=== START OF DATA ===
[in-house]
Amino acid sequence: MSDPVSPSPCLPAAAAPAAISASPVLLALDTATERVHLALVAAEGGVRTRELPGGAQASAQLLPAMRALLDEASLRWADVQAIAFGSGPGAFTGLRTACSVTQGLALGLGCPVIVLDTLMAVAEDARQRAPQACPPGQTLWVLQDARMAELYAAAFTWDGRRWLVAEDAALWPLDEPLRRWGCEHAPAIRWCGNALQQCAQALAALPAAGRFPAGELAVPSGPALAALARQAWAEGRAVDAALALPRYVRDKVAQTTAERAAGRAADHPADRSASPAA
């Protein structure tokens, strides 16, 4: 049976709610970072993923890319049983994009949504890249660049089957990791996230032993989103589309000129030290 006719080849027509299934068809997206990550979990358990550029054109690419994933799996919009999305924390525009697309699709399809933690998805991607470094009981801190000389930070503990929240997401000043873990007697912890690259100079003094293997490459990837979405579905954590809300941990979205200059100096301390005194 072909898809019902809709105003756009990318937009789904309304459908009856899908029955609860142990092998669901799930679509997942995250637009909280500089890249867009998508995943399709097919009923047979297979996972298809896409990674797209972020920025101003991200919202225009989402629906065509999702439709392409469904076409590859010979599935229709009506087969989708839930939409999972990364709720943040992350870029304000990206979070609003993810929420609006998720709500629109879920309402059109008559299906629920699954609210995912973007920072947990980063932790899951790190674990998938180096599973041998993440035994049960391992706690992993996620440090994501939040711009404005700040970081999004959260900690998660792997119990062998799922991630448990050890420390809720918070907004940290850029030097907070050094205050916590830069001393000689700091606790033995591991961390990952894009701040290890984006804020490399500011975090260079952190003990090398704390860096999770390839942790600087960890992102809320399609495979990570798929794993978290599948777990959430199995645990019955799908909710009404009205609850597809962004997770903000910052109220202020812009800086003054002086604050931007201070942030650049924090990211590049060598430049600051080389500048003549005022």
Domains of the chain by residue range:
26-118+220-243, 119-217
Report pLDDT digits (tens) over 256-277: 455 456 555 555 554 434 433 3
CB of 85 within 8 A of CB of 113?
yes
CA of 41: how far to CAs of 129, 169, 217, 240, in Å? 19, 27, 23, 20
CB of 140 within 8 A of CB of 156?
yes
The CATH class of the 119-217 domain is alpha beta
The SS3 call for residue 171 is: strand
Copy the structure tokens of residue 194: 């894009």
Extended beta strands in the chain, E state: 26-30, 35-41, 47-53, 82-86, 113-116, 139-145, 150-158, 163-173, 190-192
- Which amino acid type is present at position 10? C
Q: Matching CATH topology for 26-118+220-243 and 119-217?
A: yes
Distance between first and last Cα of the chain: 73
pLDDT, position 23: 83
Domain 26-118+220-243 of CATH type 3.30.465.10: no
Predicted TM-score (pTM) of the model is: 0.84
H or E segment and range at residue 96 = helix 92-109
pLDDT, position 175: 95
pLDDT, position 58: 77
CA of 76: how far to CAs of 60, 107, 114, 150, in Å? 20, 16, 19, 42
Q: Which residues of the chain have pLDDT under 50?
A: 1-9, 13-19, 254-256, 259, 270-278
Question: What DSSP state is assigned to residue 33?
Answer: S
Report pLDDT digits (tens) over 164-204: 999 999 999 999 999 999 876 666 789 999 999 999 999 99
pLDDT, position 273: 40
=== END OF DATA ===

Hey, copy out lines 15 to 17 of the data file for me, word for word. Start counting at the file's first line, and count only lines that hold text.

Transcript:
Extended beta strands in the chain, E state: 26-30, 35-41, 47-53, 82-86, 113-116, 139-145, 150-158, 163-173, 190-192
- Which amino acid type is present at position 10? C
Q: Matching CATH topology for 26-118+220-243 and 119-217?